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Assignment No: 02

Assignment Name: Application of Pre-Stressed Concrete.

Introduction

Pre-stressed concrete is a structural material that allows for predetermined, engineering stresses
to be placed in members to counteract the stresses that occur when they are subject to loading. It
combines the high strength compressive properties of concrete with the high tensile strength
of steel. ..........(1)

In ordinary reinforced concrete, stresses are carried by the steel reinforcement, whereas pre-
stressed concrete supports the load by induced stresses throughout the entire structural element.
This makes it more resistant to shock and vibration than ordinary concrete, and able to form
long, thin structures with much smaller sectional areas to support equivalent loads. ..........(1)

Pre-stressed concrete was patented by San Franciscan engineer P.H Jackson in 1886, although it
did not emerge as an accepted building material until 50 years later when a shortage of steel,
coupled with technological advancements, made pre-stressed concrete the building material of
choice during European post-war reconstruction. ..........(1)

It is now commonly used for floor beams, piles and railways sleepers, as well as structures such
as bridges, water tanks, roofs and runways. Generally, pre-stressed concrete is not necessary
for columns and walls, however, it can be used economically for tall columns and high retaining
walls with high bending stresses. ..........(1)

As a general rule, traditional reinforced concrete is the most economic method for a span of up to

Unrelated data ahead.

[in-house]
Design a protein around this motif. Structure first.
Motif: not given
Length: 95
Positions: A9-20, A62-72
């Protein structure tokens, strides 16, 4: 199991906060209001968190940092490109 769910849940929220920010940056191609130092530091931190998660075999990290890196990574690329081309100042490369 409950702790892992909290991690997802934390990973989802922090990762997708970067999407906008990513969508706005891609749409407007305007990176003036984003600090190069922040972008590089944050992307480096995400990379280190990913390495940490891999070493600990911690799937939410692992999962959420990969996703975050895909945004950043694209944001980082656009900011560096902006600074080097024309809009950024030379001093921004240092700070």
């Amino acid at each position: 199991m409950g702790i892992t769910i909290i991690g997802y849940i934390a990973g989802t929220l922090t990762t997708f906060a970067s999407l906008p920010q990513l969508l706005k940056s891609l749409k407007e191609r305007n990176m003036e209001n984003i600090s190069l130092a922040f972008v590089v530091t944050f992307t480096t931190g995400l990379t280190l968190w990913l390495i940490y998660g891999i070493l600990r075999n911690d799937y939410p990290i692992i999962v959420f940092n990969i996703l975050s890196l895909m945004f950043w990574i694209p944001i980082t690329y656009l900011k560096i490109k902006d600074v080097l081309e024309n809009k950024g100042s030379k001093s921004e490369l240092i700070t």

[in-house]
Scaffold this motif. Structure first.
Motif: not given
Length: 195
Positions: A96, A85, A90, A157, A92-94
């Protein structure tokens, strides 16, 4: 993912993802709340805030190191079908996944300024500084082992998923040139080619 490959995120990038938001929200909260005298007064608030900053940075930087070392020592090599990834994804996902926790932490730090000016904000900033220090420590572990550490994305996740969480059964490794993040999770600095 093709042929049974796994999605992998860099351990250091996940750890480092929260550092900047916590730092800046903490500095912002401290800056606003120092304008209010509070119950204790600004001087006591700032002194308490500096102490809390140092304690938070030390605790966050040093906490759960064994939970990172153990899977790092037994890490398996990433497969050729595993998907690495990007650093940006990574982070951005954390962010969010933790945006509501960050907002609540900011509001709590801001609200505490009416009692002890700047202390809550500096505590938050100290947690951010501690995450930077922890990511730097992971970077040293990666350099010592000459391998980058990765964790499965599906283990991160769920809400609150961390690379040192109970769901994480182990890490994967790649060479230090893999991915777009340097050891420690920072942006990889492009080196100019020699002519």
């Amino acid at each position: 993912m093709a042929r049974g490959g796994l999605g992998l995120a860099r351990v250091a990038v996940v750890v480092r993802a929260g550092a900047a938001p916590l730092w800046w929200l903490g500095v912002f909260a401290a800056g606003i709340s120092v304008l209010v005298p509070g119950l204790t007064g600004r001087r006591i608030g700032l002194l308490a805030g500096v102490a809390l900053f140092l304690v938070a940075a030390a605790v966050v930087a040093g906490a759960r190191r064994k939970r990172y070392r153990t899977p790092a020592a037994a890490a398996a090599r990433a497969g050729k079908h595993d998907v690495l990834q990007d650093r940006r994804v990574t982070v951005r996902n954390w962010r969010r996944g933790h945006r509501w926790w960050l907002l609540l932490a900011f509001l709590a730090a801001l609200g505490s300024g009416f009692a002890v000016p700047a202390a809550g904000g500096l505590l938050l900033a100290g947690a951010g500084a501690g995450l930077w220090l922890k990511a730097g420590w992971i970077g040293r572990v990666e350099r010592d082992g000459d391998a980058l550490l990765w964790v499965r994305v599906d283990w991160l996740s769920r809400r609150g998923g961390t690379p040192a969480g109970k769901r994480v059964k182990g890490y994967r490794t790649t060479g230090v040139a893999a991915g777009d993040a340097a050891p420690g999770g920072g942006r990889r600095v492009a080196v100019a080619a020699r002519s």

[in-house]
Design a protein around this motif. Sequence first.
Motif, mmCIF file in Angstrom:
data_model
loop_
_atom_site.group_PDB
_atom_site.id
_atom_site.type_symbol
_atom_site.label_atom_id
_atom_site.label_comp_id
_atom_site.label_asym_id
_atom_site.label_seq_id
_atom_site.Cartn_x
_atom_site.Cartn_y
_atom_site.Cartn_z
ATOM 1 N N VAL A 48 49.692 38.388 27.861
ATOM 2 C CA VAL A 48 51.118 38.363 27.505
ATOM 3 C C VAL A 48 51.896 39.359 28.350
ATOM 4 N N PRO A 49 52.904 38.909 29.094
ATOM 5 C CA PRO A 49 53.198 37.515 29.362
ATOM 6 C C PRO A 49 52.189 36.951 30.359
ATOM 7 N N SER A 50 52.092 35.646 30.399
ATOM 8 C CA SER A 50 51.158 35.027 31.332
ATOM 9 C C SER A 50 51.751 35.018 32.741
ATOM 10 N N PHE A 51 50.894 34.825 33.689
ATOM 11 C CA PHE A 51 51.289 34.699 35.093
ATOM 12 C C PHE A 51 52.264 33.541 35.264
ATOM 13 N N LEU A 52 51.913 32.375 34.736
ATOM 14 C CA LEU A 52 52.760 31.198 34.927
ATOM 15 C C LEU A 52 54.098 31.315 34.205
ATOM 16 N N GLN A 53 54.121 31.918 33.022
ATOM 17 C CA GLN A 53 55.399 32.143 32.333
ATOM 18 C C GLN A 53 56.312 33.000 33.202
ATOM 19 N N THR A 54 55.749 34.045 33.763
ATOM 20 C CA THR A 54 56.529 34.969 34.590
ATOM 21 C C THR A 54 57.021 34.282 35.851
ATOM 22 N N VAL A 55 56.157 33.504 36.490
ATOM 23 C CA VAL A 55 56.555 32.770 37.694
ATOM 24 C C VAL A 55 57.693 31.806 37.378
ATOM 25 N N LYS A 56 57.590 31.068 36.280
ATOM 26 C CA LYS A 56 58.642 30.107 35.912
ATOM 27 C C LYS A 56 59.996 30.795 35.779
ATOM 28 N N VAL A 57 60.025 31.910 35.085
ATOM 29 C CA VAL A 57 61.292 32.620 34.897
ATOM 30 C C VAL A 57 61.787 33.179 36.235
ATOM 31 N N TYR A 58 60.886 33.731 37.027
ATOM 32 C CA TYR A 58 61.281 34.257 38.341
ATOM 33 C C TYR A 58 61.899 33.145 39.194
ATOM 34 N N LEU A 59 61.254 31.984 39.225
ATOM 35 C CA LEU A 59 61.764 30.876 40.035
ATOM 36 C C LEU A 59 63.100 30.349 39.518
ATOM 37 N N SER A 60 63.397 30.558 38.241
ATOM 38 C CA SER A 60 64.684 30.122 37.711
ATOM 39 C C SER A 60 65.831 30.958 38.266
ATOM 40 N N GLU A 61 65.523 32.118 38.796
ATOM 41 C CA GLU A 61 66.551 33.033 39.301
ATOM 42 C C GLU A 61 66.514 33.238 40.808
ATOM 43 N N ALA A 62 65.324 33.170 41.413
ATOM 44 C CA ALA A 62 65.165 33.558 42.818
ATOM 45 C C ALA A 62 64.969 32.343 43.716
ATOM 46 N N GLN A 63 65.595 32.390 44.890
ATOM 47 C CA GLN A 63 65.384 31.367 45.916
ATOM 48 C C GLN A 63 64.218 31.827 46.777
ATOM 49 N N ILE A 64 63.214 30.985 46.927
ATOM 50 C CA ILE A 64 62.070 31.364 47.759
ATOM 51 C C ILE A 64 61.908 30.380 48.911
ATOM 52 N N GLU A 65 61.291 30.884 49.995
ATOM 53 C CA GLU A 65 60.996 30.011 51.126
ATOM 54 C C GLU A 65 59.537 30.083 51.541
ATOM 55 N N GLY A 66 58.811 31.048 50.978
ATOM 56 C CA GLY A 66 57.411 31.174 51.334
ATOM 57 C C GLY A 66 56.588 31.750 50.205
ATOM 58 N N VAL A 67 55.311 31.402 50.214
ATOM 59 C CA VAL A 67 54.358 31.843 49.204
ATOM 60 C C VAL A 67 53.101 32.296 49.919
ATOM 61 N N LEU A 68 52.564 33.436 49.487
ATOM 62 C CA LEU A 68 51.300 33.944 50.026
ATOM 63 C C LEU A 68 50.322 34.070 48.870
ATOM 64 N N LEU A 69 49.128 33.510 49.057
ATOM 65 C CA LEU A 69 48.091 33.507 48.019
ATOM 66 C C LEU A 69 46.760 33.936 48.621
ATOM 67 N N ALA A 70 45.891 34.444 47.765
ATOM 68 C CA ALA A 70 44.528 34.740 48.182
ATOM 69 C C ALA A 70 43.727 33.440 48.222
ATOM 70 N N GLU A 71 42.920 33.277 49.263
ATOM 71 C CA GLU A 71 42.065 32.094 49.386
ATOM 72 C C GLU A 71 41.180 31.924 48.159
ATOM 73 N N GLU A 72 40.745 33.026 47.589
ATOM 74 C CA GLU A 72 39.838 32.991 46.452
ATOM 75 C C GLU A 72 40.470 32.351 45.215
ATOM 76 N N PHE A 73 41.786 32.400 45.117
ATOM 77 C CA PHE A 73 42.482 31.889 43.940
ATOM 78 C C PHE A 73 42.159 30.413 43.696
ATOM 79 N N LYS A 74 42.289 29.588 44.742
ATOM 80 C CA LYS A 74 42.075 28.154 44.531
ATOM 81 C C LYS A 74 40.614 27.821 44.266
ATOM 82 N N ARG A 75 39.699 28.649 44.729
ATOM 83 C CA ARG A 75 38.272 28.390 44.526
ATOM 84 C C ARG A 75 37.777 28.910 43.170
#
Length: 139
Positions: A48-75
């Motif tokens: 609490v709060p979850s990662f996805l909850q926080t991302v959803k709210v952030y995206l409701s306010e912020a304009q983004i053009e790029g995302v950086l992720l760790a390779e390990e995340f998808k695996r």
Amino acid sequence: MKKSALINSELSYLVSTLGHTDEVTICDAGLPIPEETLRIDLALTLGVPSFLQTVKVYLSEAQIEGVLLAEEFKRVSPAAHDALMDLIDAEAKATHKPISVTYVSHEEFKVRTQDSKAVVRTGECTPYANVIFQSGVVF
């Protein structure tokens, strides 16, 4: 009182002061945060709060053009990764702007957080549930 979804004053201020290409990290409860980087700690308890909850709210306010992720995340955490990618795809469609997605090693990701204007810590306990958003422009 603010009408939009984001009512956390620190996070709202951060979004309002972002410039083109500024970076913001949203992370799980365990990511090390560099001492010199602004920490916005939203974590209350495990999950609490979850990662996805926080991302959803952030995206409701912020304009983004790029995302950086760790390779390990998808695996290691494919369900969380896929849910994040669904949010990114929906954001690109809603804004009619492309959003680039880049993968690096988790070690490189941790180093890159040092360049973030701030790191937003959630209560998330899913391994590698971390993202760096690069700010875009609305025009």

6 m. Pre-stressed concrete is more economical when spans are over 9 m. Between 6 and 9 m, the
two options must be considered according to the particular requirements as to which is the most
suitable option. ..........(1)

The process of pre-stressed concrete can be either through pre-tensioning or post-tensioning.

Pre-tensioning

This process involves the stressing of wires or cables by anchoring them at the end of a metal
form, which may be up to 120 m in length. Hydraulic jacks stress the wire as required, often
adding 10% to accommodate creep and other pre-stress losses that may be incurred.
Side moulds are then fixed and the concrete placed around the tensioned wires. The concrete
hardens and shrinks, gripping the steel along its length, transferring the tension from the jacks to
exert a compressive force in the concrete. ..........(1)

Once the concrete has reached the desired strength, the tensioned wires are released from the
jacks. A typical concrete strength of 28 N/mm2 can be achieved by 24-hour steam curing, as well
as using additives.
To create shorter members, dividing plates can be placed at any point along the member which,
when removed, permit the cutting of the wires. ..........(1)

Post-tensioning

This follows the reverse method to pre-tensioning, whereby the concrete member is cast and the
pre-stressing occurs after the concrete is hardened. This method is often used where stressing is
to be carried out on site after casting an in situ component or where a series of precast
concrete units are to be joined together to form the required member. ..........(1)

The wires, cables or bars may be positioned in the unit before concreting, but bonding to
the concrete is prevented by using a flexible duct or rubber sheath which is deflated and removed
when the concrete has hardened. ..........(1)

Stressing is carried out after the concrete has been cured by means of hydraulic jacks operating
from one or both ends of the member. Due to the high local stresses at the anchorage positions it
is common for a helical (spiral) reinforcement to be included in the design. When the required
stress has been reached, the wire or cables are anchored to maintain the pre-stress. The ends of
the unit are sealed with cement mortar to prevent corrosion due to any entrapped moisture and to
assist in stress distribution. ..........(1)

Anchorages used in post-tensioning depend on whether the tendons are to be stressed


individually or as a group. Most systems use a form of split cone wedges or jaws which act
against a form of bearing or pressure plate. ..........(1)

Advantages and disadvantages